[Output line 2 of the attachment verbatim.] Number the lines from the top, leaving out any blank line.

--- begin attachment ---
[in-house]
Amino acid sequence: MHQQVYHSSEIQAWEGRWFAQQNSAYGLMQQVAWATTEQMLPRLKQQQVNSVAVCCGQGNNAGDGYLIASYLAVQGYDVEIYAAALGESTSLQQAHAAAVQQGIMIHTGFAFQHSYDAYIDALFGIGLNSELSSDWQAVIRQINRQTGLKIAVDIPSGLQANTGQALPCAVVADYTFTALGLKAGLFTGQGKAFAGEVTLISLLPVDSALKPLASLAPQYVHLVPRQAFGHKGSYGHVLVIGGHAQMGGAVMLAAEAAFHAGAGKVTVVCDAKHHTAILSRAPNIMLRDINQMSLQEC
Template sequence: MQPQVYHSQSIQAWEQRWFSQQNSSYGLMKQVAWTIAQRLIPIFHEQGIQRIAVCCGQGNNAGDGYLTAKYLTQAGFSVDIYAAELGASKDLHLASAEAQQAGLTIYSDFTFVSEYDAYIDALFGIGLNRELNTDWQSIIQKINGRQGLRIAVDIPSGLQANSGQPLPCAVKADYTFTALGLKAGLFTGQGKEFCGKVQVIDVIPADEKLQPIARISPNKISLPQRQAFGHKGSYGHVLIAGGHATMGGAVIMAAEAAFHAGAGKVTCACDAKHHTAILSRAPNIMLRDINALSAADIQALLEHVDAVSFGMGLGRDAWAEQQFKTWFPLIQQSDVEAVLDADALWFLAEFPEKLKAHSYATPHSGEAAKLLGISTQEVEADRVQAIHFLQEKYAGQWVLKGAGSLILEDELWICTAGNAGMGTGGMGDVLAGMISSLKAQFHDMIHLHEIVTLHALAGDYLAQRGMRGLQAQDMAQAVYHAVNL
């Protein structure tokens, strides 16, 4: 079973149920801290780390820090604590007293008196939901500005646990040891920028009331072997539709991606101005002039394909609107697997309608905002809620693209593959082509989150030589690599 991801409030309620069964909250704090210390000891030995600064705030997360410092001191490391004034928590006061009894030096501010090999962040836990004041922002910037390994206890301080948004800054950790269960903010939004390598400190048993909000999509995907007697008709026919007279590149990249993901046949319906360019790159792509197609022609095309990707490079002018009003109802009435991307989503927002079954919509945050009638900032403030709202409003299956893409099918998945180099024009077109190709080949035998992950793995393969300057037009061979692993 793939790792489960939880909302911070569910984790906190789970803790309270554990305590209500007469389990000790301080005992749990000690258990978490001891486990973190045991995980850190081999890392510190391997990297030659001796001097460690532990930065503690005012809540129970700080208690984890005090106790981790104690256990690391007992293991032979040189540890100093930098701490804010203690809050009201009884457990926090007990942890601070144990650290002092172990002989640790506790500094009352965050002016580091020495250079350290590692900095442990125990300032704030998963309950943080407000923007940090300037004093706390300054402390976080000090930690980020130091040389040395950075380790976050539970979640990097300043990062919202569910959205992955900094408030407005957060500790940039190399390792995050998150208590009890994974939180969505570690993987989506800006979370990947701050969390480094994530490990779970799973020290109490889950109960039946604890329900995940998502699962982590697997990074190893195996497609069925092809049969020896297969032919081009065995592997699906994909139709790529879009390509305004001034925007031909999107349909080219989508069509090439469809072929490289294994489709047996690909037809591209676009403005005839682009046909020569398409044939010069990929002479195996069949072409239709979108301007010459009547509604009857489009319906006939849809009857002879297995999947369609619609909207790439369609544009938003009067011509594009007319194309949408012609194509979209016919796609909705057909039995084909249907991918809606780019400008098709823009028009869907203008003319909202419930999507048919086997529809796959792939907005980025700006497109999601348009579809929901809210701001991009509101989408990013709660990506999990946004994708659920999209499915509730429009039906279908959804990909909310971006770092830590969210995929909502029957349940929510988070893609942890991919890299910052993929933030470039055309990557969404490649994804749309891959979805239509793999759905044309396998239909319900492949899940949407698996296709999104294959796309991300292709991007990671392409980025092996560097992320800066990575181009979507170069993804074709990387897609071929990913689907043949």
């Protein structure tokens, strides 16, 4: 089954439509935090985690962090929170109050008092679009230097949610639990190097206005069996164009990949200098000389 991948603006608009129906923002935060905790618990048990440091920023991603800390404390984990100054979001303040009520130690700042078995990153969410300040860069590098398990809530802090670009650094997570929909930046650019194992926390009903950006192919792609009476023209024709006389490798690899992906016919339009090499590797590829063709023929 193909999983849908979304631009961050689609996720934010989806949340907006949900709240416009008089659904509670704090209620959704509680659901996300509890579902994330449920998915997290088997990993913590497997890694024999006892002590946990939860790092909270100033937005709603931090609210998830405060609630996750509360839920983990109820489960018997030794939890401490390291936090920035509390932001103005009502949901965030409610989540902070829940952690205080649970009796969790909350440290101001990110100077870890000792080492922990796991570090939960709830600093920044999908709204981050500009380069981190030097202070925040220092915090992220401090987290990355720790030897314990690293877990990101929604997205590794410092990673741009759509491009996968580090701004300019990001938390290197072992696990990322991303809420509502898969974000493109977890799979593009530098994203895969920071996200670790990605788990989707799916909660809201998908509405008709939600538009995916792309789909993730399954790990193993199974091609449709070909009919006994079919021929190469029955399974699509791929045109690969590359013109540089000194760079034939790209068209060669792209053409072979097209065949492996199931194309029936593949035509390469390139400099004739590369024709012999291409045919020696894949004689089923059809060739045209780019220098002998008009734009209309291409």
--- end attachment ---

Amino acid sequence: MHQQVYHSSEIQAWEGRWFAQQNSAYGLMQQVAWATTEQMLPRLKQQQVNSVAVCCGQGNNAGDGYLIASYLAVQGYDVEIYAAALGESTSLQQAHAAAVQQGIMIHTGFAFQHSYDAYIDALFGIGLNSELSSDWQAVIRQINRQTGLKIAVDIPSGLQANTGQALPCAVVADYTFTALGLKAGLFTGQGKAFAGEVTLISLLPVDSALKPLASLAPQYVHLVPRQAFGHKGSYGHVLVIGGHAQMGGAVMLAAEAAFHAGAGKVTVVCDAKHHTAILSRAPNIMLRDINQMSLQEC